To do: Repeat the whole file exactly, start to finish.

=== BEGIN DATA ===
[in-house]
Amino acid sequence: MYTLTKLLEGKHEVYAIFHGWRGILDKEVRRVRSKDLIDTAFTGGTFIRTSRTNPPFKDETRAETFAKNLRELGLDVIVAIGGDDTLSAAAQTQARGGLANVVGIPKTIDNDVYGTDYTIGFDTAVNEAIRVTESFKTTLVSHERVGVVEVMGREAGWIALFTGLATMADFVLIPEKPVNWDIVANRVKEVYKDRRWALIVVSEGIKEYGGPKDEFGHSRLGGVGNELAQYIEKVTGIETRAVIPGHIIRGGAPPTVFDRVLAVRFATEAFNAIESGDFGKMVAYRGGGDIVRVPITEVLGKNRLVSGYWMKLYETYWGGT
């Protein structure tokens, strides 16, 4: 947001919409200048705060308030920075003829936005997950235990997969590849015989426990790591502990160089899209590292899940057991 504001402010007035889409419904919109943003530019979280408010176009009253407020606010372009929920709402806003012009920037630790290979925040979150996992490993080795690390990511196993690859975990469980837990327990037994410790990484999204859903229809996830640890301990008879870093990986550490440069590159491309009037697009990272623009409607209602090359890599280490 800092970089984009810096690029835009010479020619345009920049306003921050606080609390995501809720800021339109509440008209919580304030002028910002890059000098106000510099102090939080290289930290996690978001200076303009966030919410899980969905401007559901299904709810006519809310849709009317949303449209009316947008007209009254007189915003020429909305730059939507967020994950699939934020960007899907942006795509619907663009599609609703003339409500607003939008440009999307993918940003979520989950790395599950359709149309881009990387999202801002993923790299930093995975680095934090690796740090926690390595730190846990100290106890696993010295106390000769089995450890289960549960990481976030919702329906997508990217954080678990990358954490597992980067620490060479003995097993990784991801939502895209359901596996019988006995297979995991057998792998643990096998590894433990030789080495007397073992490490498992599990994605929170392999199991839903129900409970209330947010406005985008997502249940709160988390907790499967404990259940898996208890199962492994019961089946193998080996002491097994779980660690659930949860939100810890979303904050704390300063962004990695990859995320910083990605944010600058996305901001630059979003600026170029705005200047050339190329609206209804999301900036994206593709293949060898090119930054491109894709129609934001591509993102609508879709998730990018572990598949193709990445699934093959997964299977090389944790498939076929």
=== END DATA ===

[in-house]
Amino acid sequence: MYTLTKLLEGKHEVYAIFHGWRGILDKEVRRVRSKDLIDTAFTGGTFIRTSRTNPPFKDETRAETFAKNLRELGLDVIVAIGGDDTLSAAAQTQARGGLANVVGIPKTIDNDVYGTDYTIGFDTAVNEAIRVTESFKTTLVSHERVGVVEVMGREAGWIALFTGLATMADFVLIPEKPVNWDIVANRVKEVYKDRRWALIVVSEGIKEYGGPKDEFGHSRLGGVGNELAQYIEKVTGIETRAVIPGHIIRGGAPPTVFDRVLAVRFATEAFNAIESGDFGKMVAYRGGGDIVRVPITEVLGKNRLVSGYWMKLYETYWGGT
């Protein structure tokens, strides 16, 4: 947001919409200048705060308030920075003829936005997950235990997969590849015989426990790591502990160089899209590292899940057991 504001402010007035889409419904919109943003530019979280408010176009009253407020606010372009929920709402806003012009920037630790290979925040979150996992490993080795690390990511196993690859975990469980837990327990037994410790990484999204859903229809996830640890301990008879870093990986550490440069590159491309009037697009990272623009409607209602090359890599280490 800092970089984009810096690029835009010479020619345009920049306003921050606080609390995501809720800021339109509440008209919580304030002028910002890059000098106000510099102090939080290289930290996690978001200076303009966030919410899980969905401007559901299904709810006519809310849709009317949303449209009316947008007209009254007189915003020429909305730059939507967020994950699939934020960007899907942006795509619907663009599609609703003339409500607003939008440009999307993918940003979520989950790395599950359709149309881009990387999202801002993923790299930093995975680095934090690796740090926690390595730190846990100290106890696993010295106390000769089995450890289960549960990481976030919702329906997508990217954080678990990358954490597992980067620490060479003995097993990784991801939502895209359901596996019988006995297979995991057998792998643990096998590894433990030789080495007397073992490490498992599990994605929170392999199991839903129900409970209330947010406005985008997502249940709160988390907790499967404990259940898996208890199962492994019961089946193998080996002491097994779980660690659930949860939100810890979303904050704390300063962004990695990859995320910083990605944010600058996305901001630059979003600026170029705005200047050339190329609206209804999301900036994206593709293949060898090119930054491109894709129609934001591509993102609508879709998730990018572990598949193709990445699934093959997964299977090389944790498939076929």